To demonstrate this conundrum, Gladwell documents other experiences in the book. One story discusses how Penn State’s University President, Graham B. Spanier, was fired for endangering children when Jerry Sandusky was found guilty of child abuse. He contrasts this to parents who were in the room when Larry Nassar abused their kids and yet they were not thought to be negligent. Life is ambiguous…

Default to Truth

Gladwell suggests and suspects this happens because people will automatically default to truth, or believe what is best, when people are acting as expected. In other words, we default to “Trust”. It is hard not to and it takes extreme risk and difficulty to go against the tide when others trust. The second part of the proverb, “Verify”, is what we should do but it is complicated by timing and effort.

This is a proverb because we want colleagues and supervisors to think the best of us, or to Trust us. Think how horrible it would be if people automatically assumed the worst in each situation. In other words we should “Trust”. If we didn’t trust, Gladwell seems to justifiably suggests without implicit trust the world would be a less desirable place for us all.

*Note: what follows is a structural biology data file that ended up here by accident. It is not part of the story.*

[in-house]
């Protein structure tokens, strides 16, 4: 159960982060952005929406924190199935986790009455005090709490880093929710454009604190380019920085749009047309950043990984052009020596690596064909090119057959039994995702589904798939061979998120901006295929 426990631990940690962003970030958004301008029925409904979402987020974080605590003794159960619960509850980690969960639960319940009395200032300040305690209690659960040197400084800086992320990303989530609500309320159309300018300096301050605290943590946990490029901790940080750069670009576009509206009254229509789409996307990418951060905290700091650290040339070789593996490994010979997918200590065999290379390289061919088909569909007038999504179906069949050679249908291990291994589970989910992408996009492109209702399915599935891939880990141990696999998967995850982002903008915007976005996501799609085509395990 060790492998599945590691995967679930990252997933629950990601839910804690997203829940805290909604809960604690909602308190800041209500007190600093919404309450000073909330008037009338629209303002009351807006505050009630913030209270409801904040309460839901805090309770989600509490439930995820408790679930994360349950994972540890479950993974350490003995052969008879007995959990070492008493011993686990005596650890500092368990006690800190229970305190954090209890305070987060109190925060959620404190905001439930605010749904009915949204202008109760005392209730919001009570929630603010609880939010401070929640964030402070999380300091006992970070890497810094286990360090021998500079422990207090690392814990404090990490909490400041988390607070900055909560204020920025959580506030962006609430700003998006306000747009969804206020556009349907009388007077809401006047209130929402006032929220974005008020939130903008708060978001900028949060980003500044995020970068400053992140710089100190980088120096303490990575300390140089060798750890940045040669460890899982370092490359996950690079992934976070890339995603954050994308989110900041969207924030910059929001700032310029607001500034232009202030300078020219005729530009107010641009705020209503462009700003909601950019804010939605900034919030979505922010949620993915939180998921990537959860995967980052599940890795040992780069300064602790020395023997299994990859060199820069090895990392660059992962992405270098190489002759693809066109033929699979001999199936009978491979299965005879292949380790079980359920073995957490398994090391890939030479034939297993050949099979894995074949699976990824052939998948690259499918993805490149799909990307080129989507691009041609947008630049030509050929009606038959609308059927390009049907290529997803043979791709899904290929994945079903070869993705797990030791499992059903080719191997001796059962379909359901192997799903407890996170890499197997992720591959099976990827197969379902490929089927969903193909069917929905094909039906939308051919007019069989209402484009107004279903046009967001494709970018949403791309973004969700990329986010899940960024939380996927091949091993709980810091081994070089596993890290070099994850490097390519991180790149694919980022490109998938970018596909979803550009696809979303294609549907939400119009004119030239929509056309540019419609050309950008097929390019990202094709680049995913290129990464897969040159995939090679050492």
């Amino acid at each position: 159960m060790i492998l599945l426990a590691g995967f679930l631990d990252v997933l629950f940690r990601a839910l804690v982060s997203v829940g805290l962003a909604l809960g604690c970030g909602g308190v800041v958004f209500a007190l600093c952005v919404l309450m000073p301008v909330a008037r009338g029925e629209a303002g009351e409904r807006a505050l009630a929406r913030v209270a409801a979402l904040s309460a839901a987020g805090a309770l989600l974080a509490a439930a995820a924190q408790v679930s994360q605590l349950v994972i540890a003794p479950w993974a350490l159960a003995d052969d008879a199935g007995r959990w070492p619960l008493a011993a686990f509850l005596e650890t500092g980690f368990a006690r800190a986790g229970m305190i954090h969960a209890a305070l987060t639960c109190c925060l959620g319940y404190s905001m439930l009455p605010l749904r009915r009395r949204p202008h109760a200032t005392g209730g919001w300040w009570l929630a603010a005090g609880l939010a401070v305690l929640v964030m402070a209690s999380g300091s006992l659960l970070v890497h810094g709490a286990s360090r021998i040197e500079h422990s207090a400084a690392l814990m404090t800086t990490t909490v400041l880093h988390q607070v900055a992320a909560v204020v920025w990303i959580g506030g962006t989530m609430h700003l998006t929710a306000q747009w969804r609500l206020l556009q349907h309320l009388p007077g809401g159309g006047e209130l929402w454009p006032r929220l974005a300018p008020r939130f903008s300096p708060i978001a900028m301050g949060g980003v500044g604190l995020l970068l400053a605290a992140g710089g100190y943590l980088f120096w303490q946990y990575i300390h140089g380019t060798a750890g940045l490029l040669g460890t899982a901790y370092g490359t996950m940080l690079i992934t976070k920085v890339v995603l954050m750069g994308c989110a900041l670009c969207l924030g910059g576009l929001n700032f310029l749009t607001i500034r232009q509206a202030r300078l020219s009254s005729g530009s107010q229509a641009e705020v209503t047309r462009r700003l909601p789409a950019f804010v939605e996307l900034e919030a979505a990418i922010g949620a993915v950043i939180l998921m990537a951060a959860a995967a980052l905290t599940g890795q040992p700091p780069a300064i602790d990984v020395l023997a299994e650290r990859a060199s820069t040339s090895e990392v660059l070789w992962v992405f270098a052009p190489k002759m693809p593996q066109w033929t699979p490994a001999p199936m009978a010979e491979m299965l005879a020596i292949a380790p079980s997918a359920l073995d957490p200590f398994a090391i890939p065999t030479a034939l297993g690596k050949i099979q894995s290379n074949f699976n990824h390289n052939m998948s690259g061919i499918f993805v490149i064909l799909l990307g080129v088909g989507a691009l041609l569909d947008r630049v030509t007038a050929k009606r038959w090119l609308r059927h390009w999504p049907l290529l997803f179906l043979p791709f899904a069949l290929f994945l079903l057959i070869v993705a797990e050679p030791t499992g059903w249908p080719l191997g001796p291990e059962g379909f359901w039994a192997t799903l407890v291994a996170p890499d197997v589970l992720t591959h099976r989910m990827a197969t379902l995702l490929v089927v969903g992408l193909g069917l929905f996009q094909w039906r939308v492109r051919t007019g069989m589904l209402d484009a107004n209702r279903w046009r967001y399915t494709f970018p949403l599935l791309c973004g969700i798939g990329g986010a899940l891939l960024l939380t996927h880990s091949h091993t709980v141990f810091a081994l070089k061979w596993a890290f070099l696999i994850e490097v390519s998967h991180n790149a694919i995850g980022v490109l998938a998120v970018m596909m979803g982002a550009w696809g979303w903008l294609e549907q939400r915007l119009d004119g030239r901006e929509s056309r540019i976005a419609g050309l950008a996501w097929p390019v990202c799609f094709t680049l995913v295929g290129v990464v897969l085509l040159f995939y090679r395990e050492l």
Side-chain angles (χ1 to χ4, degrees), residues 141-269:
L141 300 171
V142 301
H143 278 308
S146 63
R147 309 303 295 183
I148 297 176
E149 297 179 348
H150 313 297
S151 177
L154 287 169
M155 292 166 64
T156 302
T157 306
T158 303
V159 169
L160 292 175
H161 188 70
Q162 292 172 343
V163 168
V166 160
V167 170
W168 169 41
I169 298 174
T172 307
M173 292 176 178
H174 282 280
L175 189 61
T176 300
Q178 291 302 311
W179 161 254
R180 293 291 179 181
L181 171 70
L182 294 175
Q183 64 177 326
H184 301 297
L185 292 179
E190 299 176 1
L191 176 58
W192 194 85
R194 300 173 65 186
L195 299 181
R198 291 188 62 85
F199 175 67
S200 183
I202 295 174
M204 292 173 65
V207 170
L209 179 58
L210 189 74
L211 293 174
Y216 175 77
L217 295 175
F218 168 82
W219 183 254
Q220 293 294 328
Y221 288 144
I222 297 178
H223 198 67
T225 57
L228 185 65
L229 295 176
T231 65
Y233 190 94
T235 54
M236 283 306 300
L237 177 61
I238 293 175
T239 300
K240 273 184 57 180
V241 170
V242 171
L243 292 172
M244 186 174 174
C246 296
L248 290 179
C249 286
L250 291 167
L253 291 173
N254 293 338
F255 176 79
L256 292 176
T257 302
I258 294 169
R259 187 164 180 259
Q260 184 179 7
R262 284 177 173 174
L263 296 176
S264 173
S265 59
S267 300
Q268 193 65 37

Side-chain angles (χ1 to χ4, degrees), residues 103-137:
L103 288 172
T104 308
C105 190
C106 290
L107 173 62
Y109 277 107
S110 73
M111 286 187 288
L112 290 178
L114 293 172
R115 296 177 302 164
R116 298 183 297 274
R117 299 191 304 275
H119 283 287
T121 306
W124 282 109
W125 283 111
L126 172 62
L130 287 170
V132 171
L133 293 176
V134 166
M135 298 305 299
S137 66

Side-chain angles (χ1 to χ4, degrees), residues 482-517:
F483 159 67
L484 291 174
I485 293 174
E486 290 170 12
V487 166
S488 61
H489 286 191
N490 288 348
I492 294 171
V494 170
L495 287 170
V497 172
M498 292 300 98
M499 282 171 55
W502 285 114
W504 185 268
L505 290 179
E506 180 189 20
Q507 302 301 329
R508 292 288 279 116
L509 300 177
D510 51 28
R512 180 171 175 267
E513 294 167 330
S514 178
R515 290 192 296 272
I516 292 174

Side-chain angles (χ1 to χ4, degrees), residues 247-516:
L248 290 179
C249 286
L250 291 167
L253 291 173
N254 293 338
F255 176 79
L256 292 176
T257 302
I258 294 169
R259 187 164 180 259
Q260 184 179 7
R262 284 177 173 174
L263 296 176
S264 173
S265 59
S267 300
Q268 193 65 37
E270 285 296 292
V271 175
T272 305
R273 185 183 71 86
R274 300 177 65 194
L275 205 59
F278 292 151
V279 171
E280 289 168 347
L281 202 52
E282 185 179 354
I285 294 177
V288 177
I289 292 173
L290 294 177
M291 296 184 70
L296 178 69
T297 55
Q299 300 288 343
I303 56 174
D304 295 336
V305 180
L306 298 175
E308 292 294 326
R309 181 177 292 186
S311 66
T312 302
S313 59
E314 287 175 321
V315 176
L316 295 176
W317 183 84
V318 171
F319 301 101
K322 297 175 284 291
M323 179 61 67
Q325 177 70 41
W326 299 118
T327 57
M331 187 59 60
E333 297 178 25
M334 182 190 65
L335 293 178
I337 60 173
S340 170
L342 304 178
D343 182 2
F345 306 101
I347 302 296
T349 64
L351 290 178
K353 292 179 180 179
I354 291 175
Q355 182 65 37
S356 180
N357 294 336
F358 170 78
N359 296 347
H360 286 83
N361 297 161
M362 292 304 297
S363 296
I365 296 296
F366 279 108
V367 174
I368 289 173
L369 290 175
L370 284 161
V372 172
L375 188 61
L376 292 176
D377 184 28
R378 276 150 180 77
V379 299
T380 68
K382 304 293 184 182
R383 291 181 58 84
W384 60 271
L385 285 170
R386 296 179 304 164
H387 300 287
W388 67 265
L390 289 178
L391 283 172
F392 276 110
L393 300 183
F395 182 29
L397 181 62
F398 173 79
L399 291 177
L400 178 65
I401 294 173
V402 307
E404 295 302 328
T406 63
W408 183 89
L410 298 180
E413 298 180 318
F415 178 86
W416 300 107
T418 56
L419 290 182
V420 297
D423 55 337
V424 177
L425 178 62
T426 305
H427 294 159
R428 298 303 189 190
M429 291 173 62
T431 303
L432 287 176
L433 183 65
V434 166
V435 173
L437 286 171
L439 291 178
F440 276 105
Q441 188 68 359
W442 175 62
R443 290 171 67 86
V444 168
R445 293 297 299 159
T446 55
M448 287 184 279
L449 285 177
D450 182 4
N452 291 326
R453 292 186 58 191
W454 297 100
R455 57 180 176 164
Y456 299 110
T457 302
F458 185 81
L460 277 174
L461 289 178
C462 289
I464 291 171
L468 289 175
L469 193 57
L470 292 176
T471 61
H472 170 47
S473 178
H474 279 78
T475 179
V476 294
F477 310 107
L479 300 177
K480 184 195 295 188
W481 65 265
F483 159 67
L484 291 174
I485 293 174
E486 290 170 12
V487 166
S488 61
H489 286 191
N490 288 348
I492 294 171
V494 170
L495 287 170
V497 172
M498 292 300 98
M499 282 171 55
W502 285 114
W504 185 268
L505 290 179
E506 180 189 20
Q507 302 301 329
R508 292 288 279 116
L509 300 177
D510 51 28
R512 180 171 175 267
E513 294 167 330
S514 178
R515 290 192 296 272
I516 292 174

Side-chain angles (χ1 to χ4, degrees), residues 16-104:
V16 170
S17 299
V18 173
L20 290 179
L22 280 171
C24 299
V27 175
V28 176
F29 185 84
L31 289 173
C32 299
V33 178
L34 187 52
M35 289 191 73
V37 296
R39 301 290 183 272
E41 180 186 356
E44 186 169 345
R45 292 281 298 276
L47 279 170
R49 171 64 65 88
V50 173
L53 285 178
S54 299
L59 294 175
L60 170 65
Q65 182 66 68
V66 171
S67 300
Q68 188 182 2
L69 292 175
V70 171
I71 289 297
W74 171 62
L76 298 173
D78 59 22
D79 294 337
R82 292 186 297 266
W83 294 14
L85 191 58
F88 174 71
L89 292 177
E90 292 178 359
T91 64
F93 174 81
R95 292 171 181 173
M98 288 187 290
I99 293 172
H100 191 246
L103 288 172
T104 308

Verification takes extra effort and those steps may also cause us to find out things we do not want to know. This happened in the pandemic when people stole funds as highlighted in this NYTimes Daily Podcast, Why Was Pandemic Fraud So Easy?

During the pandemic, an enormous amount of money — about $5 trillion in total — was spent to help support the newly unemployed and to prop up the U.S. economy while it was forced into suspension. But the funds came with few strings and minimal oversight. The result: one of the largest frauds in American history, with billions of dollars stolen by thousands of people. Guest: David A. Fahrenthold, an investigative reporter for The New York Times, focused on nonprofits.

Summary of 9/27/2022 NYTimes Daily Podcast

It got Personal…